Private debt and financial crisis – William Hummel
The overriding importance of private debt and its growth rate as a predictor of a financial crisis has been well documented in recent years.
The latest is by Richard Vague in a very readable book titled The Next Economic Disaster – Why it’s coming and how to avoid it. His analysis shows that for larger countries, “with a 100 percent private debt to GDP and a credit boom, a calamity is probable.
With 150 percent private debt to GDP ratio, a calamity is almost certain.”
Based on a study of many earlier boom -bust episodes, he has determined that a critical credit boom is likely to occur when the growth rate is at 18% or more over a five year period. That amounts to a compound annual rate of about 3.4% per year.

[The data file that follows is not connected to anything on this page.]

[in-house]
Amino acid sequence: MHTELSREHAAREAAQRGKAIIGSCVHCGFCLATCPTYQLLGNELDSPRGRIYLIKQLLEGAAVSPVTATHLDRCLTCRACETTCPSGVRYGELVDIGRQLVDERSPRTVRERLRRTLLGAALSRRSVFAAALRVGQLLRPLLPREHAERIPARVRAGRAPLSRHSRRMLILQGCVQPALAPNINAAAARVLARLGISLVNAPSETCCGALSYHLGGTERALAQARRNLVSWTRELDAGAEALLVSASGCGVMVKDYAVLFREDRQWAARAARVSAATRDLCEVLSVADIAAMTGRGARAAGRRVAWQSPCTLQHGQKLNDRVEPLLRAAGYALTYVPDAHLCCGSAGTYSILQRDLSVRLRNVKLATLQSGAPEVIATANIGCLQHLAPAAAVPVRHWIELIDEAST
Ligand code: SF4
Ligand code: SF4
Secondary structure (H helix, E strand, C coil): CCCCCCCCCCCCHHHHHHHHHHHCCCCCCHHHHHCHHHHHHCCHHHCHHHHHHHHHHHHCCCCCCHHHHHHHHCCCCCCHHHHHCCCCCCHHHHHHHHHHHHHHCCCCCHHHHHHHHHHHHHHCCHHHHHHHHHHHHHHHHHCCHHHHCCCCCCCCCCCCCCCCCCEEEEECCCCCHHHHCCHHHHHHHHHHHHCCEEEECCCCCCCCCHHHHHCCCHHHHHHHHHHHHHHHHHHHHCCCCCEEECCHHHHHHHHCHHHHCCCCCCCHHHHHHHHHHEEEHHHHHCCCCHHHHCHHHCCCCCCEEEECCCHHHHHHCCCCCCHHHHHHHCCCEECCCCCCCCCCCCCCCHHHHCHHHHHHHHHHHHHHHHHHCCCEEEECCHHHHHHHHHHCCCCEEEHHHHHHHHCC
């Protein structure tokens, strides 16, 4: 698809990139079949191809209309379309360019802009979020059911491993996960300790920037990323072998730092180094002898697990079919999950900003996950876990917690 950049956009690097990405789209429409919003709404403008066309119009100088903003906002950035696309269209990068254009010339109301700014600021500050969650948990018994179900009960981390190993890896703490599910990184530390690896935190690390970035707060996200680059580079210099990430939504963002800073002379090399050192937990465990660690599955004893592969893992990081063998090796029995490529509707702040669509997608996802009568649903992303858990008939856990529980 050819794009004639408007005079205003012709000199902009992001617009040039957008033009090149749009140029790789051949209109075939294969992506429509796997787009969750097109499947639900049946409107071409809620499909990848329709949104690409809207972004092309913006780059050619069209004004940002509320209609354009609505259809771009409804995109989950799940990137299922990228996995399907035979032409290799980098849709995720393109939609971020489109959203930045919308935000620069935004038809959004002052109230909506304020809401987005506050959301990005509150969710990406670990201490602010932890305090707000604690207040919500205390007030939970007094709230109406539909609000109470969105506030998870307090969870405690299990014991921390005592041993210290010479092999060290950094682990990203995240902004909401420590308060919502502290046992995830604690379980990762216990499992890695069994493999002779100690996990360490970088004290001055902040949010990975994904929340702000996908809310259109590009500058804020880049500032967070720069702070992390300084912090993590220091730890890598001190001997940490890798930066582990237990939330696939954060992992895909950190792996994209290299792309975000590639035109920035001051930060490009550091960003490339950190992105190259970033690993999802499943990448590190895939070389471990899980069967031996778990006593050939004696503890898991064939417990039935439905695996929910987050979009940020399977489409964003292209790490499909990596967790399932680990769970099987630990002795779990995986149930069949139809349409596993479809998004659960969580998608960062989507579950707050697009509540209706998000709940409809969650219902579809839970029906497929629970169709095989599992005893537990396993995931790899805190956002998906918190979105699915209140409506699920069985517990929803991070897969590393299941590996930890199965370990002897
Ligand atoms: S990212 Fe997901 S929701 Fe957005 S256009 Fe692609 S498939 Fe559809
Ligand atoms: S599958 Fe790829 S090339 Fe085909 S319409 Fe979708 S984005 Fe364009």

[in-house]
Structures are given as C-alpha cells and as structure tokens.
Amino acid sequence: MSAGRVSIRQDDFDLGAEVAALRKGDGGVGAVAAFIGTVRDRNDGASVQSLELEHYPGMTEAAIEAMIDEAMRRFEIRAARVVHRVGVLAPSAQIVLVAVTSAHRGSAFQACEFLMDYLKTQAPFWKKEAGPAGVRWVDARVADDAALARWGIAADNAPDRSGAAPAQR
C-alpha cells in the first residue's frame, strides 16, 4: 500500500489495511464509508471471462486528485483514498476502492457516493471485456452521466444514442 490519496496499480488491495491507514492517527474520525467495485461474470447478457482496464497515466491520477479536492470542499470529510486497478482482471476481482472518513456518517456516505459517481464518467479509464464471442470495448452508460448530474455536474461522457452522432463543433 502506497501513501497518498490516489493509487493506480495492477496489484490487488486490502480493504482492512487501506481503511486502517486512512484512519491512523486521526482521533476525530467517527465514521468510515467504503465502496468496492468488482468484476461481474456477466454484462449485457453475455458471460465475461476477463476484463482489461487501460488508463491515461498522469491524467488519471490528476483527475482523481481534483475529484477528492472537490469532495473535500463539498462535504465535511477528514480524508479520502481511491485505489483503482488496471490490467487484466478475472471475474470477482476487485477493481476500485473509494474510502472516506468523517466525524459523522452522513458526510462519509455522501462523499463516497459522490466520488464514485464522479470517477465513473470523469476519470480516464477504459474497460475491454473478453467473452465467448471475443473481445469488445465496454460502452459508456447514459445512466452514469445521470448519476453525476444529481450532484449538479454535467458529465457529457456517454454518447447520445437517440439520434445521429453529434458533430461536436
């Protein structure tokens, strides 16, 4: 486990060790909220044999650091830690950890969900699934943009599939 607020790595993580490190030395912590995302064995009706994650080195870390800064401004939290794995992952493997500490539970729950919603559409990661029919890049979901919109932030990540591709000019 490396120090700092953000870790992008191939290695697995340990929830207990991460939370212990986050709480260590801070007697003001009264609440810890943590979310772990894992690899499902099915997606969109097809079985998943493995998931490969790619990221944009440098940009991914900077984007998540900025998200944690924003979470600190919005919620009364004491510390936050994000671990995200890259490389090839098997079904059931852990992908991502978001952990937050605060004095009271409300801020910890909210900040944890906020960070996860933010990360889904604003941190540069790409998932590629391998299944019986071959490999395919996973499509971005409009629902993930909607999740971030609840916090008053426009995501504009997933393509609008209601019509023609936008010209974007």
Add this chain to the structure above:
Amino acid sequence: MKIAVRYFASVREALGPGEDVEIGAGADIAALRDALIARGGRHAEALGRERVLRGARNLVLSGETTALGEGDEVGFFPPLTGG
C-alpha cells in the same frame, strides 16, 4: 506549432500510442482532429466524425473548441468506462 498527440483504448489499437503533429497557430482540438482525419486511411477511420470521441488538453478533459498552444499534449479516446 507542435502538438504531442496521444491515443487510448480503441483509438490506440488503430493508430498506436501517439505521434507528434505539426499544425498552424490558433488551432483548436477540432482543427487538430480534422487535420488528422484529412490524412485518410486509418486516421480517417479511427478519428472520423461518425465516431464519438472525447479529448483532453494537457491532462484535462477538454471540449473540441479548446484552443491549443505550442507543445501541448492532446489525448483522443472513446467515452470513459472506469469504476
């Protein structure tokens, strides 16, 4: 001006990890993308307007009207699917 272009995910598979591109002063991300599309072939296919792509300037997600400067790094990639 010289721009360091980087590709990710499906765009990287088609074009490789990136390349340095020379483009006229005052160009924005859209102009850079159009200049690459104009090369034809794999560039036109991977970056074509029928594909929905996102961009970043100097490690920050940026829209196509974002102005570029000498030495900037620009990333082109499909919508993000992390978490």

The Federal Reserve Bank of New York reports quarterly on household debt which comprises the principal part of total private debt. The following was copied from a New York Fed site . (note that HELOC is a home equity line of credit.)
Household Debt and Credit Developments as of Q1 2014
|Debt Category||Annual change ($bill)||Total: Q1 2014 ($trill)|
It can be seen that the latest annual growth rate was about 3.7%, too high according to Vague, to be safe if it is sustained for five years.
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